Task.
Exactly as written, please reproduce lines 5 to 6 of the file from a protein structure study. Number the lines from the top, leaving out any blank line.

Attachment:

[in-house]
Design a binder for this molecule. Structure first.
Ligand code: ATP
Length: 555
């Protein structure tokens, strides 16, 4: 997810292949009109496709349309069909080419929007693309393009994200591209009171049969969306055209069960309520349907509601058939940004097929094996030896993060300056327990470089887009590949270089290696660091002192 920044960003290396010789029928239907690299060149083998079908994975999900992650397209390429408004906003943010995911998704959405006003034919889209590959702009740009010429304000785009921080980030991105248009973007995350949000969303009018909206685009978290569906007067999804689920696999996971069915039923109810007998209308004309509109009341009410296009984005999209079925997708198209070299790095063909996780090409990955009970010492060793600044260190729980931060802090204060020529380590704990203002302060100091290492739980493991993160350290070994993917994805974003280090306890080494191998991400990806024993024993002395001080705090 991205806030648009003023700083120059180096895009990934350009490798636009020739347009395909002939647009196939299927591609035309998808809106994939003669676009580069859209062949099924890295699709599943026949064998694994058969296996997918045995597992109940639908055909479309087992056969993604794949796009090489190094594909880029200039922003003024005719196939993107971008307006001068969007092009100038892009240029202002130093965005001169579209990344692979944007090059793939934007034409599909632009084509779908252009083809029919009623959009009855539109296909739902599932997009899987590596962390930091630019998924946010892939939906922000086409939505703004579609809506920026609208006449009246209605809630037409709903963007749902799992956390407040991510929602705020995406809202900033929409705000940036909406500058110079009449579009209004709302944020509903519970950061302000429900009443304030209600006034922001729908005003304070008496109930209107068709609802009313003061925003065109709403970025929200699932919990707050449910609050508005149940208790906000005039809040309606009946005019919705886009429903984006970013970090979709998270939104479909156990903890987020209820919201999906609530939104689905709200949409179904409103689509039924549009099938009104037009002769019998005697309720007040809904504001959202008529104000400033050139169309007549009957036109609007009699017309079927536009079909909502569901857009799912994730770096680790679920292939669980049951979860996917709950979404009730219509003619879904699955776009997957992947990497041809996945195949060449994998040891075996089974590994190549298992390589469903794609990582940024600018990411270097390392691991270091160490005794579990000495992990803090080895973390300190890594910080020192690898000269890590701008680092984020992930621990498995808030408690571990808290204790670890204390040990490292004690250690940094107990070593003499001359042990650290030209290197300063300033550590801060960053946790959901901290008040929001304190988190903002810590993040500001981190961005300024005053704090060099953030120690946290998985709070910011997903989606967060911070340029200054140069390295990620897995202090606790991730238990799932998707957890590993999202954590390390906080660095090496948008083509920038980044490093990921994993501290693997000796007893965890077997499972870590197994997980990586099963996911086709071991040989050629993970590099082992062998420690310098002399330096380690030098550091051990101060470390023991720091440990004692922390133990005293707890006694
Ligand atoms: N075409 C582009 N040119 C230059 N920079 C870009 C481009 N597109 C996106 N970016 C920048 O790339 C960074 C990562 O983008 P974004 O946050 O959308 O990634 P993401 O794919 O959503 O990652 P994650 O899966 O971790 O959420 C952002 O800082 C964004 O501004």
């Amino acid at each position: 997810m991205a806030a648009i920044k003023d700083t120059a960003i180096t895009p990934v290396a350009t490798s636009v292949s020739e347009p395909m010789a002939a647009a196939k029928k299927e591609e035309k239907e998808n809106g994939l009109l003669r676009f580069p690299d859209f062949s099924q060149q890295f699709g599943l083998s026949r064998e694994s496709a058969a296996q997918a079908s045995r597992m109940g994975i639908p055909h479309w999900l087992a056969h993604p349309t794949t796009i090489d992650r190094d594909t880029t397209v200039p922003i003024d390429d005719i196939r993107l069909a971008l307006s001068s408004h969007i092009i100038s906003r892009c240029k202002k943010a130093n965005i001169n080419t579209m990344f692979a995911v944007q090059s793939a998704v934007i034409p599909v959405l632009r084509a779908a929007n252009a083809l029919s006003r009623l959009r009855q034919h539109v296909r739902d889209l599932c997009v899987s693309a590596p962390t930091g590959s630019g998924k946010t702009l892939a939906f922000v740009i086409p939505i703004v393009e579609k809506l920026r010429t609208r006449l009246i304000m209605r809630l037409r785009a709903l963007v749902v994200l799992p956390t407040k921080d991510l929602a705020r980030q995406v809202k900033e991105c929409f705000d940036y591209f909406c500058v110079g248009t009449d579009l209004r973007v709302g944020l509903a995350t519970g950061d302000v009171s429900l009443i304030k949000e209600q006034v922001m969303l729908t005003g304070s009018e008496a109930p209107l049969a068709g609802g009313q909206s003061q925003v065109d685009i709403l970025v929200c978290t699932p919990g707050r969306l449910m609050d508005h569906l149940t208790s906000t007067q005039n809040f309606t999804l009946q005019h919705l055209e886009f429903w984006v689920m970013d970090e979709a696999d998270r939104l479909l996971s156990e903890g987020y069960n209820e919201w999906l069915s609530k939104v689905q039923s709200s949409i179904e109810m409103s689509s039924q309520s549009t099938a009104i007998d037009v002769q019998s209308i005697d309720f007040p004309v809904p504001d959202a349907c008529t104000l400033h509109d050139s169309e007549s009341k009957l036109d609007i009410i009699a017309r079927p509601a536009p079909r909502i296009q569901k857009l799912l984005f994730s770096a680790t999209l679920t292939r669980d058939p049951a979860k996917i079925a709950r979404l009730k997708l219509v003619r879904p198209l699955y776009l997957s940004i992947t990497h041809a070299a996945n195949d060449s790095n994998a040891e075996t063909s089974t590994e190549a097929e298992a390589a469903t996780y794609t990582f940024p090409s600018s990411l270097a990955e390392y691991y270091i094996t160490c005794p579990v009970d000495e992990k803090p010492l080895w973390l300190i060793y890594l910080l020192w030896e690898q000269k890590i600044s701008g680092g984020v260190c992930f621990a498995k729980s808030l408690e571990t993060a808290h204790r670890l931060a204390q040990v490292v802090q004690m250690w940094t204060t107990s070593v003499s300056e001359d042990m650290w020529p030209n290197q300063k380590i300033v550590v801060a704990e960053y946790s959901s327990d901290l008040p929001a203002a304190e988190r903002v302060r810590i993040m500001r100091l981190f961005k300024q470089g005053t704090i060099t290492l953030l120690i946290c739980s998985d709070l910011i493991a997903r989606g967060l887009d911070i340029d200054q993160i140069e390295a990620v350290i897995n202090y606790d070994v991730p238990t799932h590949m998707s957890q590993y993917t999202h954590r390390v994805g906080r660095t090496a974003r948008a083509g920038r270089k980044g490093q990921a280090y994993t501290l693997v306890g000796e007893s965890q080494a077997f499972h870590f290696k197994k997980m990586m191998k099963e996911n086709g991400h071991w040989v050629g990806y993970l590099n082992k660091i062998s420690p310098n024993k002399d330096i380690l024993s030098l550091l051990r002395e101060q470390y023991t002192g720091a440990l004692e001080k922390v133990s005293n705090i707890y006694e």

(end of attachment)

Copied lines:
């Protein structure tokens, strides 16, 4: 997810292949009109496709349309069909080419929007693309393009994200591209009171049969969306055209069960309520349907509601058939940004097929094996030896993060300056327990470089887009590949270089290696660091002192 920044960003290396010789029928239907690299060149083998079908994975999900992650397209390429408004906003943010995911998704959405006003034919889209590959702009740009010429304000785009921080980030991105248009973007995350949000969303009018909206685009978290569906007067999804689920696999996971069915039923109810007998209308004309509109009341009410296009984005999209079925997708198209070299790095063909996780090409990955009970010492060793600044260190729980931060802090204060020529380590704990203002302060100091290492739980493991993160350290070994993917994805974003280090306890080494191998991400990806024993024993002395001080705090 991205806030648009003023700083120059180096895009990934350009490798636009020739347009395909002939647009196939299927591609035309998808809106994939003669676009580069859209062949099924890295699709599943026949064998694994058969296996997918045995597992109940639908055909479309087992056969993604794949796009090489190094594909880029200039922003003024005719196939993107971008307006001068969007092009100038892009240029202002130093965005001169579209990344692979944007090059793939934007034409599909632009084509779908252009083809029919009623959009009855539109296909739902599932997009899987590596962390930091630019998924946010892939939906922000086409939505703004579609809506920026609208006449009246209605809630037409709903963007749902799992956390407040991510929602705020995406809202900033929409705000940036909406500058110079009449579009209004709302944020509903519970950061302000429900009443304030209600006034922001729908005003304070008496109930209107068709609802009313003061925003065109709403970025929200699932919990707050449910609050508005149940208790906000005039809040309606009946005019919705886009429903984006970013970090979709998270939104479909156990903890987020209820919201999906609530939104689905709200949409179904409103689509039924549009099938009104037009002769019998005697309720007040809904504001959202008529104000400033050139169309007549009957036109609007009699017309079927536009079909909502569901857009799912994730770096680790679920292939669980049951979860996917709950979404009730219509003619879904699955776009997957992947990497041809996945195949060449994998040891075996089974590994190549298992390589469903794609990582940024600018990411270097390392691991270091160490005794579990000495992990803090080895973390300190890594910080020192690898000269890590701008680092984020992930621990498995808030408690571990808290204790670890204390040990490292004690250690940094107990070593003499001359042990650290030209290197300063300033550590801060960053946790959901901290008040929001304190988190903002810590993040500001981190961005300024005053704090060099953030120690946290998985709070910011997903989606967060911070340029200054140069390295990620897995202090606790991730238990799932998707957890590993999202954590390390906080660095090496948008083509920038980044490093990921994993501290693997000796007893965890077997499972870590197994997980990586099963996911086709071991040989050629993970590099082992062998420690310098002399330096380690030098550091051990101060470390023991720091440990004692922390133990005293707890006694
Ligand atoms: N075409 C582009 N040119 C230059 N920079 C870009 C481009 N597109 C996106 N970016 C920048 O790339 C960074 C990562 O983008 P974004 O946050 O959308 O990634 P993401 O794919 O959503 O990652 P994650 O899966 O971790 O959420 C952002 O800082 C964004 O501004």